Somatic DNA Mutations
The development of a human starts from one cell that divides into two, followed by further cell divisions until the organism has generated more than 1013 cells in a precisely controlled ontogenetic process (Frank, 2010). During development, failures in DNA replication (or repair) during cell proliferation may occur and result in the appearance of somatic mutations. Afterwards, during adulthood, additional somatic mutations may arise, and genomic variability may encode distinct cell lineages in different tissues (Frumkin et al., 2005). In fact, studies have pointed to the presence of multiple different genomes in a single human being (Lupski, 2013), and differences in DNA sequences have been reported in a variety of tissues (Frank, 2010; Pelak et al., 2010; Clarke et al., 2012; MacArthur et al., 2012; Pennisi, 2012) from the same individual. Depending on the circumstances, the appearance of somatic mutations differs depending on the tissue type. One of these circumstances is the presence of distinct types and amounts of DNA polymerases or repair enzymes in tissues. Low fidelity DNA polymerases can introduce not only nucleotide substitutions but also tandem mutations, as is the case of DNA polymerase ζ (Saribasak et al., 2012). Various forms of mutations may arise, such as sense and non-sense base substitutions (SNP), deletions, and insertions or through other mechanisms like the movement of transportable elements (Lynch, 2010; Vogel, 2011). These variations could change depending on the cell origin. Moreover, some types of cell are more sensitive to DNA damage or changes than others. This is reflected by germinal and somatic cells. The protection of the genome is critical for germ line development. A mechanism to ensure this protection has been described in Drosophila (Rangan et al., 2011). This mechanism does not act on somatic cells and consequently this cell type is more susceptible to mutations. However, to facilitate genome maintenance, in response to DNA damaging agents somatic cells have a DNA-damage checkpoint-signaling pathway involving DNA-repair scaffolding proteins like SlX4 (Ohouo et al., 2013). Moreover, specific double breaks are essential for the proper function of specific cells, like sperm cells, because these DNA breaks are required for the correct exchange of DNA (Kauppi et al., 2013).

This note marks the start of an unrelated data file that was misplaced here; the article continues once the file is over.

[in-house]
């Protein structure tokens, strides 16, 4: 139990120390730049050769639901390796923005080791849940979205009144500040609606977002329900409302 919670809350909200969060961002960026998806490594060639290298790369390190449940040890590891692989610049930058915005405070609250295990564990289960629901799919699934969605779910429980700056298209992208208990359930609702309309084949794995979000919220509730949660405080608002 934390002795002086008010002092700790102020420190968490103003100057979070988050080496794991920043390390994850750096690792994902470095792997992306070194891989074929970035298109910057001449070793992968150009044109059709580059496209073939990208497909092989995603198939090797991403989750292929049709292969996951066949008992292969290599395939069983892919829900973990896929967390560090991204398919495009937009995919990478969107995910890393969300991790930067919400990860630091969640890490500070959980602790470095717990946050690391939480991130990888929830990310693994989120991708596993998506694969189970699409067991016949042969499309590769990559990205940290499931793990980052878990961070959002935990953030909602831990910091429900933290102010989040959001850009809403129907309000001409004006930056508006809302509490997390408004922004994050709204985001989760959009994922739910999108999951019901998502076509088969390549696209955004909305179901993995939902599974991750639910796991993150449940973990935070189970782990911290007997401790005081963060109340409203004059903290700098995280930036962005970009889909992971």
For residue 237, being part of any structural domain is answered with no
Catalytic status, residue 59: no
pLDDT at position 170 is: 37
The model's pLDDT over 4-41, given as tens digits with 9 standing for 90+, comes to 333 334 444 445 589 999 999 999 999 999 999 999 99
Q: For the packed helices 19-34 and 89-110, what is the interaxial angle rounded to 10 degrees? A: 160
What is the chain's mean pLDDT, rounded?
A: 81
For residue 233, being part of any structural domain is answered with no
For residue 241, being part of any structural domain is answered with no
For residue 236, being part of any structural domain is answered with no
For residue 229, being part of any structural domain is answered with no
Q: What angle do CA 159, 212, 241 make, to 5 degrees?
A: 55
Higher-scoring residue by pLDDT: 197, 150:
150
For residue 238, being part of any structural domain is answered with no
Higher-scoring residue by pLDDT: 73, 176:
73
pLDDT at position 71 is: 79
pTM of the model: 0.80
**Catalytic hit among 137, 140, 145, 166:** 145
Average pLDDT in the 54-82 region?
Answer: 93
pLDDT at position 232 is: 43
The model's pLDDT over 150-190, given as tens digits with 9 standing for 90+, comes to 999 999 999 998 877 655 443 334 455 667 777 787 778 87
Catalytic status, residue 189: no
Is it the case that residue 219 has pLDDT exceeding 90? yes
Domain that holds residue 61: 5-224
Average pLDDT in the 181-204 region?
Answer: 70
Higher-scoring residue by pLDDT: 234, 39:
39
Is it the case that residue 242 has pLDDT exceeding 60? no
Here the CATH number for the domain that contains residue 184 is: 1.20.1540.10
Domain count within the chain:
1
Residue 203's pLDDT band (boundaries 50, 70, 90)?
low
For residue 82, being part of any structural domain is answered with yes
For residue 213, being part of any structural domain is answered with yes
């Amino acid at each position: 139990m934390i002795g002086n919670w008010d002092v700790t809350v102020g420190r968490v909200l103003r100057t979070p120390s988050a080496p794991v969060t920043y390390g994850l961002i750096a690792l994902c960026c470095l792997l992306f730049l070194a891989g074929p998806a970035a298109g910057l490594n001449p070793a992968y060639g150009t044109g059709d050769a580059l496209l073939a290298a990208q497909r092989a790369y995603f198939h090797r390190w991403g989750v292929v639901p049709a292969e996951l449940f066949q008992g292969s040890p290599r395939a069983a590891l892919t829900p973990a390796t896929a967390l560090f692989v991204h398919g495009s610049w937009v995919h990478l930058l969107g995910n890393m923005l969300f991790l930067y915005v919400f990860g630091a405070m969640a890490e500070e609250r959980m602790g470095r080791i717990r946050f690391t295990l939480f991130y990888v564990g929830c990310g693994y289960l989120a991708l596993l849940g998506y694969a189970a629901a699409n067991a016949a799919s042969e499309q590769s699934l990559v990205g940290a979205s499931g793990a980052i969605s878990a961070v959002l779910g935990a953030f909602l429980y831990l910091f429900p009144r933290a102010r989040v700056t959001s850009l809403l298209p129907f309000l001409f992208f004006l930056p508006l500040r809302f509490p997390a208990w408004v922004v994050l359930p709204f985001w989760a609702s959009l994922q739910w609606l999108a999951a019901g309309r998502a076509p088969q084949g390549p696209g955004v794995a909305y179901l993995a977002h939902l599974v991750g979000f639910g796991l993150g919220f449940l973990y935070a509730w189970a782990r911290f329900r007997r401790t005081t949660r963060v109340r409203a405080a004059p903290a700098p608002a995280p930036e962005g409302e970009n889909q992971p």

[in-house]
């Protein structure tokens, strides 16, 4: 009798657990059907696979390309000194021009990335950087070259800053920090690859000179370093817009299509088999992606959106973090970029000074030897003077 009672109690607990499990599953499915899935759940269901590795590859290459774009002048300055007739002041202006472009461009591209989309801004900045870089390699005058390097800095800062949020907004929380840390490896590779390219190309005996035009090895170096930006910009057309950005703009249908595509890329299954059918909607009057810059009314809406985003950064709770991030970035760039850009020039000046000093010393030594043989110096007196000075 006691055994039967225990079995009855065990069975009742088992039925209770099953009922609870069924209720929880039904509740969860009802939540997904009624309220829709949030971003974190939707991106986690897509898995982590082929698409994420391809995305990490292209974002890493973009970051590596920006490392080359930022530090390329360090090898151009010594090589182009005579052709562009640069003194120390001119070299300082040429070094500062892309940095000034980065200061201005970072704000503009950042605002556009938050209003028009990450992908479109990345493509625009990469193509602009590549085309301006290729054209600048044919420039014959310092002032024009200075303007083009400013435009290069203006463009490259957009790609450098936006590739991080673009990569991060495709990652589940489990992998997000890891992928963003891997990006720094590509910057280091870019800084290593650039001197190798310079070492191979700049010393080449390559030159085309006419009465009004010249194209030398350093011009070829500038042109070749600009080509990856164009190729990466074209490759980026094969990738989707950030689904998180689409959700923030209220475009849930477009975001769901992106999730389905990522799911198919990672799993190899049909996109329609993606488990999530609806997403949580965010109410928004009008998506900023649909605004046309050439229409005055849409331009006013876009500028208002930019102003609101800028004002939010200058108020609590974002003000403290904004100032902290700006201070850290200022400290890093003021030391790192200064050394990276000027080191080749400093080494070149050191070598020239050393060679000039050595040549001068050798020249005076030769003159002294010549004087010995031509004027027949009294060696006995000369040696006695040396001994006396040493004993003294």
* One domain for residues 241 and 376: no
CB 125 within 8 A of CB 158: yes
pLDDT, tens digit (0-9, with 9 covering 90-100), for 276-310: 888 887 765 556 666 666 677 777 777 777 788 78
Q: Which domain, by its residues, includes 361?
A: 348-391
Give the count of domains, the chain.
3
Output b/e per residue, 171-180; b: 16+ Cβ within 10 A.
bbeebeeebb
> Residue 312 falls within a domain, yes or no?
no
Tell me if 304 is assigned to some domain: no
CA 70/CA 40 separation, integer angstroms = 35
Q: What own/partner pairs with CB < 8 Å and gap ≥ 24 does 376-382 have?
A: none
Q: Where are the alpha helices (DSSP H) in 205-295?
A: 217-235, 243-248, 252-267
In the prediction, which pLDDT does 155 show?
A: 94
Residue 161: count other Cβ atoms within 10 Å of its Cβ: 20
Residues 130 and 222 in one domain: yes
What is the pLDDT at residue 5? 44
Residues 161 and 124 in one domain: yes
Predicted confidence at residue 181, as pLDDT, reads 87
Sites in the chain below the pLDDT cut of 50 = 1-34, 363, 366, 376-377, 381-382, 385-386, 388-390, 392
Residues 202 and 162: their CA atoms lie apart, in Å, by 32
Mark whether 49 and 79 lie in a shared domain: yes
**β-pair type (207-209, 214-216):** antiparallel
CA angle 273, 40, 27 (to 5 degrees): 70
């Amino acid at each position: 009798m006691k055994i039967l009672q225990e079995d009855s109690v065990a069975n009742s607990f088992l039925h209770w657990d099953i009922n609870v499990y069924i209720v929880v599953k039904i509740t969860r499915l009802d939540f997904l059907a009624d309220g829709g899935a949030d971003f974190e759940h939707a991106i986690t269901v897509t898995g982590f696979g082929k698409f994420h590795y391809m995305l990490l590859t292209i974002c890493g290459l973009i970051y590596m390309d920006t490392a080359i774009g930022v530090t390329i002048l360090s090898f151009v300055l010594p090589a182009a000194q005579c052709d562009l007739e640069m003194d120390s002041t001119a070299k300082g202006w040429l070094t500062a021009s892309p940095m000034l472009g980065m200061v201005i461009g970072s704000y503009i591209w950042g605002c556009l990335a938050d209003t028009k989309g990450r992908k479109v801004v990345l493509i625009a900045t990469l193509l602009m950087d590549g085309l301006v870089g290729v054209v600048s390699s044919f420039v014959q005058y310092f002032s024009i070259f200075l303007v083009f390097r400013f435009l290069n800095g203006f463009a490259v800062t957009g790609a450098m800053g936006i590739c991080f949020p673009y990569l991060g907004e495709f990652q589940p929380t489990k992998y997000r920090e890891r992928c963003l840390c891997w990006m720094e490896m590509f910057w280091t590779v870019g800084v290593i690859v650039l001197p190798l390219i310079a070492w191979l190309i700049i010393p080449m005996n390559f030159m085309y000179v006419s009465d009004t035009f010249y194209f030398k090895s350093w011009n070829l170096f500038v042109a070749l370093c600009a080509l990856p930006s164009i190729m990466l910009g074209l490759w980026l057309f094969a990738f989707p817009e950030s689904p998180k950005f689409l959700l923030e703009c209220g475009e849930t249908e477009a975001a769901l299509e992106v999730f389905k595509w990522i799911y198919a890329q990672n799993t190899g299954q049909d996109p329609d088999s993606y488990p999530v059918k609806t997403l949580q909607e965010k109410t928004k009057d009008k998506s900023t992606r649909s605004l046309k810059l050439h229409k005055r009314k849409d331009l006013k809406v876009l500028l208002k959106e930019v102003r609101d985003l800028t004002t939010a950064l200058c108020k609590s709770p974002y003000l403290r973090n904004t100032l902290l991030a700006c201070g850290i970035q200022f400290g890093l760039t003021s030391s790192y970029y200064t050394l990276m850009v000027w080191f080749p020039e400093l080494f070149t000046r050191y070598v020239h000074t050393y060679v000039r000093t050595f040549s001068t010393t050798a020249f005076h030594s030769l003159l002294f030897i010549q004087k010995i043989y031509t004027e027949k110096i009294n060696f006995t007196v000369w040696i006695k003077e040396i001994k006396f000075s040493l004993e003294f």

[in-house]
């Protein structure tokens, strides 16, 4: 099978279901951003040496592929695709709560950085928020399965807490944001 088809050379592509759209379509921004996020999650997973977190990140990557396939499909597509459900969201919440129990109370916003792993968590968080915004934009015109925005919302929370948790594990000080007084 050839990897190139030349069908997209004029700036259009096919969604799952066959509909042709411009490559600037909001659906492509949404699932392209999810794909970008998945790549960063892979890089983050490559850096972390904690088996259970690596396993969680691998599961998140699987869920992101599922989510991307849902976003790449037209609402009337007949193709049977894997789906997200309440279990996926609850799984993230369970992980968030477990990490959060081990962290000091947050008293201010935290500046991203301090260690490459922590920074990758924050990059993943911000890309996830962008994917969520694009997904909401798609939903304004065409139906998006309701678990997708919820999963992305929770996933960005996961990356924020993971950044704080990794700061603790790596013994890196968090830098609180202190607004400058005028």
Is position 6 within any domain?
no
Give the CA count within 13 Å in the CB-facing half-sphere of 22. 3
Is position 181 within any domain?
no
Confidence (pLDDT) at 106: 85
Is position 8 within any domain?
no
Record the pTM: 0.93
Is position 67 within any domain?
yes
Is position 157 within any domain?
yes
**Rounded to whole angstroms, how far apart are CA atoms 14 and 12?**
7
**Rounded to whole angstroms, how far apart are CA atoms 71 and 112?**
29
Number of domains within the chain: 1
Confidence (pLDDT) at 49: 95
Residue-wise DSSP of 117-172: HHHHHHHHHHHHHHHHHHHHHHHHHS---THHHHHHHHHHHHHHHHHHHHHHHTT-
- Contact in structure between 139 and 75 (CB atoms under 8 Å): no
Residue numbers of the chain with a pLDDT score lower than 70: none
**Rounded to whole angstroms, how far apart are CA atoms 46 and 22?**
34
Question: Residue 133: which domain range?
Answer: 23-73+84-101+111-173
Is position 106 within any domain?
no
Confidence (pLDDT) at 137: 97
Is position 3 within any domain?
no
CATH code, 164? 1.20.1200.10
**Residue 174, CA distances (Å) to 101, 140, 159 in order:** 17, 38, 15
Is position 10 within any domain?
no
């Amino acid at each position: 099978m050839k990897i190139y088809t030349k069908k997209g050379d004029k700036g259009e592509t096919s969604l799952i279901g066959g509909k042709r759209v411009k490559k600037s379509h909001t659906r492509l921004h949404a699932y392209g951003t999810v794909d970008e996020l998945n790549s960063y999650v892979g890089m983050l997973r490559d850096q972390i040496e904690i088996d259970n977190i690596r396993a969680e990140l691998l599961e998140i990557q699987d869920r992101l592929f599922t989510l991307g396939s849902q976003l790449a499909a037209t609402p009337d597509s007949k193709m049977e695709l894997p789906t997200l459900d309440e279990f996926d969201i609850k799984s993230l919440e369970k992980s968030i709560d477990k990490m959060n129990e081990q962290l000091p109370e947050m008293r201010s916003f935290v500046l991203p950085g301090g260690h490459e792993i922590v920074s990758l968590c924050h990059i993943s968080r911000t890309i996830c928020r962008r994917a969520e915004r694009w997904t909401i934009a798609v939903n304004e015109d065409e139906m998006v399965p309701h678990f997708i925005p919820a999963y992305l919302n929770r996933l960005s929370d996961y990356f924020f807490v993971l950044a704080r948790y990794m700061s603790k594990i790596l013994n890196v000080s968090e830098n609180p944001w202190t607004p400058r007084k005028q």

At the cellular level, considerable efforts have been devoted to minimizing genomic insults in cultured pluripotent stem cells (Weissbein et al., 2014). Additionally, in the whole organism, clonal mosaicism for large chromosomal anomalies, from birth to old age, has been reported (Jacobs et al., 2012; Laurie et al., 2012). At cell cycle level, differences in DNA repair between the phases of the cycle have been described. For instance, during mitosis, DNA double-strand breaks (DSBs) are not repaired. It has been suggested that these mitotic DBSs cause end to end chromosome fusions and that they promote aberrant chromosome segregation (Orthwein et al., 2014).
Also, at the molecular level, not all the bases in the human genome are equally prone to chance mutations (Ponting, 2012). Mutations are more frequently observed in three types of sequences, namely simple repeats, DNAse hypersensitive sites in embryonic stem cells, and some trinucleotide sequences (Michaelson et al., 2012). Also, the expansion of trinucleotide repeats causes some disorders, mainly in neurons and myopathies, which could be caused by a slippage that involves DNA polymerases β and δ (Chan et al., 2013). In contrast, for some cells, like neuroblastoma cells, sensitivity to DNA damage depends on their state of differentiation. Undifferentiated human SH-SY5Y neuroblastoma cells are less sensitive to DNA damage than differentiated cells, in part because they show more efficient base excision repair mechanisms (Sykora et al., 2013).
Somatic DNA Mutation with Aging
Some tissues show an increased rate of DNA mutations with aging (Kong et al., 2012). The appearance of somatic mutations, which increases with age, is known to cause or increase susceptibility to diseases like cancer (Moskalev et al., 2012). For example, an age effect on the repair of DNA strand breaks in blood mononuclear cells has been reported (Garm et al., 2013). Aging is also proposed to be a risk factor for neurodegenerative disorders. Indeed, an increasing number of somatic mutations are being associated with neurological diseases (Poduri et al., 2013; Madabhushi et al., 2014; Singleton, 2014).